Hmmm, this has completely confused me since I moved to the area last year … And if we say that Killester is Killester Parish, there is a map available from the Resources Centre has shows what Killester is, e.g.

Howth Road from junction with Vernon Avenue up pas the park and to the junction with Bettstown is Killester.

Brookwood Avenue from 94 to the Howth Road is Killester, the rest is Artane.

All of Dun Luce Road is in Killester.

Parts of Sybil Hill Road are Killester.

And parts past Sybil Hill junction are also Killester.

If I could PDF the map and post I would, sorry. I think a thread with boundaries in them, would be very very useful for everyone eh.

That’s the “Parish of Killester”, not the district Killester. Has a meaning for what church you go to and what schools. No meaning for the address though. Large amount of Foxfield is in “Foxfield Kilbarrack Parish” for example. Rest is in “Raheny Parish”

Parish can be very important if you want to get your kids into certain schools.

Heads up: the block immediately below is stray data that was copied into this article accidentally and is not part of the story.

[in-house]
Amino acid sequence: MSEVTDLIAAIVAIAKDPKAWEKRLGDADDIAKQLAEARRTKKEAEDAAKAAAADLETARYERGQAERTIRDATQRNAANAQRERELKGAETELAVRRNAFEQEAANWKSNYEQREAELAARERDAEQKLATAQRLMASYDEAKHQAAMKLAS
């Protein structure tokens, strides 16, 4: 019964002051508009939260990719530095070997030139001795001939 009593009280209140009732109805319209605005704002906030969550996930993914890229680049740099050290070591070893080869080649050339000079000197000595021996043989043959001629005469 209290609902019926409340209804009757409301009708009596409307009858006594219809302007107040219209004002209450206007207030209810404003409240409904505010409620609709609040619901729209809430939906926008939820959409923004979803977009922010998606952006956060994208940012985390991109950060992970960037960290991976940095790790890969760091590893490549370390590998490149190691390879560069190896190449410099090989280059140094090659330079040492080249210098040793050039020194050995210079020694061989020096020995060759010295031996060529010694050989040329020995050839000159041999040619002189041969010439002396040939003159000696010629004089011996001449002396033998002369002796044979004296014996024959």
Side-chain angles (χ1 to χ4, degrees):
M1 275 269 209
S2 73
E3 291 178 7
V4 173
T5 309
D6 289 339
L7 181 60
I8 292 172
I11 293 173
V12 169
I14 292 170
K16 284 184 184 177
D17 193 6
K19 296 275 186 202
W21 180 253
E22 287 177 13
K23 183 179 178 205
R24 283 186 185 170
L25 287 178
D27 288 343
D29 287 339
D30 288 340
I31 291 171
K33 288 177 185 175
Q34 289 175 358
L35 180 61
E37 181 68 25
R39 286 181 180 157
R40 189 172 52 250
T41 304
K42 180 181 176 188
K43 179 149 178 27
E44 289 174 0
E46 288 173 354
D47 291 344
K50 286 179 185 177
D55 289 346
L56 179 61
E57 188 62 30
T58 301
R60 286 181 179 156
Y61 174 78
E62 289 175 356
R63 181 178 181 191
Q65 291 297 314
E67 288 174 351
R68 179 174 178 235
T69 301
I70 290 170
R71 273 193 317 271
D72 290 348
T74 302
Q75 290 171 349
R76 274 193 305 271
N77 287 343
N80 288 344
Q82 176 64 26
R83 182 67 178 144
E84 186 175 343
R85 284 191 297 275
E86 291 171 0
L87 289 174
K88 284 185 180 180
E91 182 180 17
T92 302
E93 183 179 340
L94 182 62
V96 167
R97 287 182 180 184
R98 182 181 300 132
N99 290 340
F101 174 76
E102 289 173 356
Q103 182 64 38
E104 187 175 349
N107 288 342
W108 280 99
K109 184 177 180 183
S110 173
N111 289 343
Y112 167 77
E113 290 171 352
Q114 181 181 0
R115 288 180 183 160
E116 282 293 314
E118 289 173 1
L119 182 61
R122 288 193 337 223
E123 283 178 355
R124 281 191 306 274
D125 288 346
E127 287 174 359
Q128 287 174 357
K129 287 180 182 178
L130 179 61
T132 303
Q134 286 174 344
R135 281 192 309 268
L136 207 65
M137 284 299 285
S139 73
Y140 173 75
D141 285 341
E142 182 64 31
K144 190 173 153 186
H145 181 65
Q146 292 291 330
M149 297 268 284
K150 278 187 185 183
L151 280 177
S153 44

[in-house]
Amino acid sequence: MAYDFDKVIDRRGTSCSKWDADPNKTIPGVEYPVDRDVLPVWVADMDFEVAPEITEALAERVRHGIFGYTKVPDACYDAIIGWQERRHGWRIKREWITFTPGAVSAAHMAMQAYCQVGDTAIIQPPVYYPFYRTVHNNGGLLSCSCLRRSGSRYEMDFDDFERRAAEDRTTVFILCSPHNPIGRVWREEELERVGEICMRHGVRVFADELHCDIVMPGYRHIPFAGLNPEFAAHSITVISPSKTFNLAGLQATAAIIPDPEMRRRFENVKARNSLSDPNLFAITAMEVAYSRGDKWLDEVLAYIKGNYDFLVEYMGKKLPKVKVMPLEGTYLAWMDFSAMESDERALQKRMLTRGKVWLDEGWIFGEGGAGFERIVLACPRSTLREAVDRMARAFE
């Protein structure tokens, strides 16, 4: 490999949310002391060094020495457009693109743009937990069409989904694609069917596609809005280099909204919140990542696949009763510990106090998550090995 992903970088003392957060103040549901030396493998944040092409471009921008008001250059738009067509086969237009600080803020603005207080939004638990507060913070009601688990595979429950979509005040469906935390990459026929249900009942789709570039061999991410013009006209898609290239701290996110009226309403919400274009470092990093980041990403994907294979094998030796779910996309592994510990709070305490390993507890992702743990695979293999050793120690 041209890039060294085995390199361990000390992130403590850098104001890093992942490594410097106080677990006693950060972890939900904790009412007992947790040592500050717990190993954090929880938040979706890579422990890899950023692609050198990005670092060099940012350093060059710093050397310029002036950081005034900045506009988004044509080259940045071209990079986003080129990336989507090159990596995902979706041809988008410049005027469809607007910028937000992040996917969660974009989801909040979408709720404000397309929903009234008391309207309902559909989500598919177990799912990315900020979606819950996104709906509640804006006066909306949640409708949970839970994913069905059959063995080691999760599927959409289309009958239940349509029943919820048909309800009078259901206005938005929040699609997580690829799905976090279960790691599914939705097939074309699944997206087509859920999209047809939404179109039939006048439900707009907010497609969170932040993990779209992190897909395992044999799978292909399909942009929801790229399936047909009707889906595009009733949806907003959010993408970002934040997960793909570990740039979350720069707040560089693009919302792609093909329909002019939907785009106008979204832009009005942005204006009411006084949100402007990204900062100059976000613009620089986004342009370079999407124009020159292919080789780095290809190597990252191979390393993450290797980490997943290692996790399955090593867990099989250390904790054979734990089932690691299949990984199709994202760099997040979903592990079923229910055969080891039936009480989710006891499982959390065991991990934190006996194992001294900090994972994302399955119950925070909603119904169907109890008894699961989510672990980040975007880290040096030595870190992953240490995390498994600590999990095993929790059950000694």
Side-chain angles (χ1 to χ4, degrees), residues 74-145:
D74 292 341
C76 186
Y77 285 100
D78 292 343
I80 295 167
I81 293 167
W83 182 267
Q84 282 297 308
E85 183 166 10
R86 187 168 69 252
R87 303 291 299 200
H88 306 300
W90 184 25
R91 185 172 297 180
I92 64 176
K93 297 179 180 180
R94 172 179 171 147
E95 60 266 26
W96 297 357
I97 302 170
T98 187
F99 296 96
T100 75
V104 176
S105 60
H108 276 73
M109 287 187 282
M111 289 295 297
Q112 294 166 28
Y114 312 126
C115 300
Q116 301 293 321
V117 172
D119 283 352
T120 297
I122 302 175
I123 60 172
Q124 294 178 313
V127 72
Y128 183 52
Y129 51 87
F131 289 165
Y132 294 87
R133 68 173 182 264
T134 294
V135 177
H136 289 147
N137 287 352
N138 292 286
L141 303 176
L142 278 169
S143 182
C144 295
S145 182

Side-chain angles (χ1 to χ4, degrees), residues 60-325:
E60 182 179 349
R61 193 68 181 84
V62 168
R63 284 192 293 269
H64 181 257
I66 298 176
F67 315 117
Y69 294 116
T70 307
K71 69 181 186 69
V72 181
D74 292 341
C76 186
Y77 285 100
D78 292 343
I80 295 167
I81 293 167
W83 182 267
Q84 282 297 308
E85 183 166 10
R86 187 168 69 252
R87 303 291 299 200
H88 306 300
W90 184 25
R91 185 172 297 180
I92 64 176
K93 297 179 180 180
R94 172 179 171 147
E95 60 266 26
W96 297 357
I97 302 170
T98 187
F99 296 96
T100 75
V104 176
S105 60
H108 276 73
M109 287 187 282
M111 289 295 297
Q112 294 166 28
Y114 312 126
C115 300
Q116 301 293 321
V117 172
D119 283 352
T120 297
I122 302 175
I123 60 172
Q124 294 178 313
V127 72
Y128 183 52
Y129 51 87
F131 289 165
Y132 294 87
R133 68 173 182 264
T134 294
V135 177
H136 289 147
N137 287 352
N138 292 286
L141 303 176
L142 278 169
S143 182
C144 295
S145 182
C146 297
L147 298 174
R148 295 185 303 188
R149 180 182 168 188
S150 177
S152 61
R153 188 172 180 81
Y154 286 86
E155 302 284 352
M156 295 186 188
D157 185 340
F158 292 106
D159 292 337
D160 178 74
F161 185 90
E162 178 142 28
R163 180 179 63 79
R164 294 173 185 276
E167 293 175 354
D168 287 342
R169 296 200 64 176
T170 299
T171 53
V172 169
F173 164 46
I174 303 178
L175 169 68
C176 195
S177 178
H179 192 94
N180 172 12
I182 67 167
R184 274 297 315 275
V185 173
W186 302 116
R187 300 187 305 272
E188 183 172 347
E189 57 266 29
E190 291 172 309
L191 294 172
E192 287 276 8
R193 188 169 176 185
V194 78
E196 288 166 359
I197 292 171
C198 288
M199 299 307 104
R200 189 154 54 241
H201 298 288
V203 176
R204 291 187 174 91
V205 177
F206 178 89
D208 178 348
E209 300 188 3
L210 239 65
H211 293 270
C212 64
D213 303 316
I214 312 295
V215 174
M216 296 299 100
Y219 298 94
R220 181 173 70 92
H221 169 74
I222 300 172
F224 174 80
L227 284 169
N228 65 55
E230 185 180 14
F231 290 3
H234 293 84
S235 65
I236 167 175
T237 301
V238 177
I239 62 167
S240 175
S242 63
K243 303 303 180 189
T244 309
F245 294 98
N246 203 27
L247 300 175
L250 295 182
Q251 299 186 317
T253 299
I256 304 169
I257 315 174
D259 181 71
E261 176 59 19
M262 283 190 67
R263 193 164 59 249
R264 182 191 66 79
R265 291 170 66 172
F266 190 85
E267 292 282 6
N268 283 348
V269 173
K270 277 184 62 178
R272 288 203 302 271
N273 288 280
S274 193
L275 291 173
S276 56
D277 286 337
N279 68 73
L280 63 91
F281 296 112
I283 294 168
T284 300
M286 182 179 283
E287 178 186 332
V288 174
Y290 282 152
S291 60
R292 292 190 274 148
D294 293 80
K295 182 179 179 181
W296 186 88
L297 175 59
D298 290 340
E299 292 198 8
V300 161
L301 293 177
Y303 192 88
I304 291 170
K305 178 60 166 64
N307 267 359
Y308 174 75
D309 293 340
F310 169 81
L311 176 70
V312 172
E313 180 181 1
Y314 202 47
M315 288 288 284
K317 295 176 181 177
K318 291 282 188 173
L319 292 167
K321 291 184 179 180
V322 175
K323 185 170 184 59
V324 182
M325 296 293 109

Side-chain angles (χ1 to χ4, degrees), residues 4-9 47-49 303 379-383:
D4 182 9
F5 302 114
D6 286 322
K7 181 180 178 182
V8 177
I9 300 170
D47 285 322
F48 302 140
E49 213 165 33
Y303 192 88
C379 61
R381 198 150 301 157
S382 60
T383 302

They were looking for €700k for it this time last year. On at 525k now.

irishpropertywatch.com/salesSearchResults.php?Address=226+howth+road&Beds=any&Type=any&Region=any

It was advertised as a 3 bed when it first went up a couple of weeks ago, but has now changed to a 2 bed. The room in the attic must not meet regs.

Some thirty odd years ago as a house-sharing student along that never-never land known as the Firhouse Road - I and others became rather giddy after an extended stay in the Blue Haven. Moving unsteadily along on our bikes we came upon the McInerney Delaford Estate (as in Twink’s Delaford House) where stood a nicely made wooden sign proclaiming 'Delaford Tidy Up Week ’

Two hours later it had been repainted on our kitchen floor and proudly said to ‘Welcome to Tallaght’
In the wee small hours and not without risk - it found itself proudly displayed at least 60 feet in the air -up a tree at the beginning of the Firhouse Road and facing travellers from the Butterfield Avenue direction.

Oddly enough not everyone got the point -or perhaps they did. It was a road with many a Garda landlord on it and there was a heroic effort to remove the sign which happily survived for a weekend. AAAh lost youth. :angry:

Confusing myself more now … there is a Killester parish and a Killister district? :slight_smile: